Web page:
Number of Light Neutrino Types

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THE NUMBER OF LIGHT NEUTRINO TYPES
FROM COLLIDER EXPERIMENTS
Revised March 2008 by D. Karlen (University of Victoria and
TRIUMF).
The most precise measurements of the number of light
neutrino types, Nν , come from studies of Z production in e+ e−
collisions. The invisible partial width, Γinv , is determined by
subtracting the measured visible partial widths, corresponding
to Z decays into quarks and charged leptons, from the total Z
width. The invisible width is assumed to be due to Nν light
neutrino species each contributing the neutrino partial width
Γν as given by the Standard Model. In order to reduce the
model dependence, the Standard Model value for the ratio of
the neutrino to charged leptonic partial widths, (Γν /Γℓ )SM =
1.991±0.001, is used instead of (Γν )SM to determine the number
of light neutrino types:
µ ¶
Γinv Γℓ
Nν =
.
(1)
Γℓ
Γν SM
The combined result from the four LEP experiments is Nν =
2.984 ± 0.008 [1].
In the past, when only small samples of Z decays had been
recorded by the LEP experiments and by the Mark II at SLC,
the uncertainty in Nν was reduced by using Standard Model
fits to the measured hadronic cross sections at several centerof-mass energies near the Z resonance. Since this method is
much more dependent on the Standard Model, the approach
described above is favored.
Before the advent of the SLC and LEP, limits on the
number of neutrino generations were placed by experiments at
lower-energy e+ e− colliders by measuring the cross section of
the process e+ e− → ννγ. The ASP, CELLO, MAC, MARK J,
and VENUS experiments observed a total of 3.9 events above
background [2], leading to a 95% CL limit of Nν < 4.8.
This process has a much larger cross section at center-of-mass
energies near the Z mass and has been measured at LEP by
the ALEPH, DELPHI, L3, and OPAL experiments [3]. These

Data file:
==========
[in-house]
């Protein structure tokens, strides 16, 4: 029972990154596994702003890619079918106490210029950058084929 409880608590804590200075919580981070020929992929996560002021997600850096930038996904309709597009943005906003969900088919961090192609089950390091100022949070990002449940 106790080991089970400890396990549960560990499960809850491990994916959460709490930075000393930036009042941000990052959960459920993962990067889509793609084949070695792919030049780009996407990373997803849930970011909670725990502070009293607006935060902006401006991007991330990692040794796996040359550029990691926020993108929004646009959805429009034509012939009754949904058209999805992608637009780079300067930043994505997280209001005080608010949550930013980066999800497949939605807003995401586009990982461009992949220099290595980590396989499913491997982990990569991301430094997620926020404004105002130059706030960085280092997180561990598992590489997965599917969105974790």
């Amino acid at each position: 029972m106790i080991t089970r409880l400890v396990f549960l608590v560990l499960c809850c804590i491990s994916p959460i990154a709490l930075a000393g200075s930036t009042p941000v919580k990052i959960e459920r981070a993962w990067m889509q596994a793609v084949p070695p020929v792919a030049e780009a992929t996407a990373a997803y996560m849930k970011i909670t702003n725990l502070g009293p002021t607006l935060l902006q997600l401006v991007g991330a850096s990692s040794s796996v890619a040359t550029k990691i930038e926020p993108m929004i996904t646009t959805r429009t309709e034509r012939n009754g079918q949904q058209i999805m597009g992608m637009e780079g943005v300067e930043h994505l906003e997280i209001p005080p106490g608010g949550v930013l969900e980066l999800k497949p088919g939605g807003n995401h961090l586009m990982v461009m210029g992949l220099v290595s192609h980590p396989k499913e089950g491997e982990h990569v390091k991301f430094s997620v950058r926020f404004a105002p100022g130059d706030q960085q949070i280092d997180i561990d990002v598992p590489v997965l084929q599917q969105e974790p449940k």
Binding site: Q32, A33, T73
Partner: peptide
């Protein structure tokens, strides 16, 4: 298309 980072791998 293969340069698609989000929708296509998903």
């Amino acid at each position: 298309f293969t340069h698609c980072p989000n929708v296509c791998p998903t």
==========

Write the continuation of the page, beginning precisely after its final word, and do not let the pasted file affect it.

experiments have observed several thousand such events, and
CITATION: J. Beringer et al. (Particle Data Group), PR D86, 010001 (2012) (URL: http://pdg.lbl.gov)
June 18, 2012
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the combined result is Nν = 3.00 ± 0.08. The same process has
also been measured by the LEP experiments at much higher
center-of-mass energies, between 130 and 208 GeV, in searches
for new physics [4]. Combined with the lower energy data, the
result is Nν = 2.92 ± 0.05.
Experiments at pp colliders also placed limits on Nν by
determining the total Z width from the observed ratio of W ± →
ℓ± ν to Z → ℓ+ ℓ− events [5]. This involved a calculation that
assumed Standard Model values for the total W width and the
ratio of W and Z leptonic partial widths, and used an estimate
of the ratio of Z to W production cross sections. Now that the
Z width is very precisely known from the LEP experiments, the
approach is now one of those used to determine the W width.
References
1. ALEPH, DELPHI, L3, OPAL, and SLD Collaborations, and
LEP Electroweak Working Group, and SLD Electroweak
Group, and SLD Heavy Flavour Group, Phys. Reports
427, 257 (2006).
2. VENUS: K. Abe et al., Phys. Lett. B232, 431 (1989);
ASP: C. Hearty et al., Phys. Rev. D39, 3207 (1989);
CELLO: H.J. Behrend et al., Phys. Lett. B215, 186 (1988);
MAC: W.T. Ford et al., Phys. Rev. D33, 3472 (1986);
MARK J: H. Wu, Ph.D. Thesis, Univ. Hamburg (1986).
3. L3: M. Acciarri et al., Phys. Lett. B431, 199 (1998);
DELPHI: P. Abreu et al., Z. Phys. C74, 577 (1997);
OPAL: R. Akers et al., Z. Phys. C65, 47 (1995);
ALEPH: D. Buskulic et al., Phys. Lett. B313, 520 (1993).
4. DELPHI: J. Abdallah et al., Eur. Phys. J. C38, 395 (2005);
L3: P. Achard et al., Phys. Lett. B587, 16 (2004);
ALEPH: A. Heister et al., Eur. Phys. J. C28, 1 (2003);
OPAL: G. Abbiendi et al., Eur. Phys. J. C18, 253 (2000).
5. UA1: C. Albajar et al., Phys. Lett. B198, 271 (1987);
UA2: R. Ansari et al., Phys. Lett. B186, 440 (1987).
June 18, 2012
15:23
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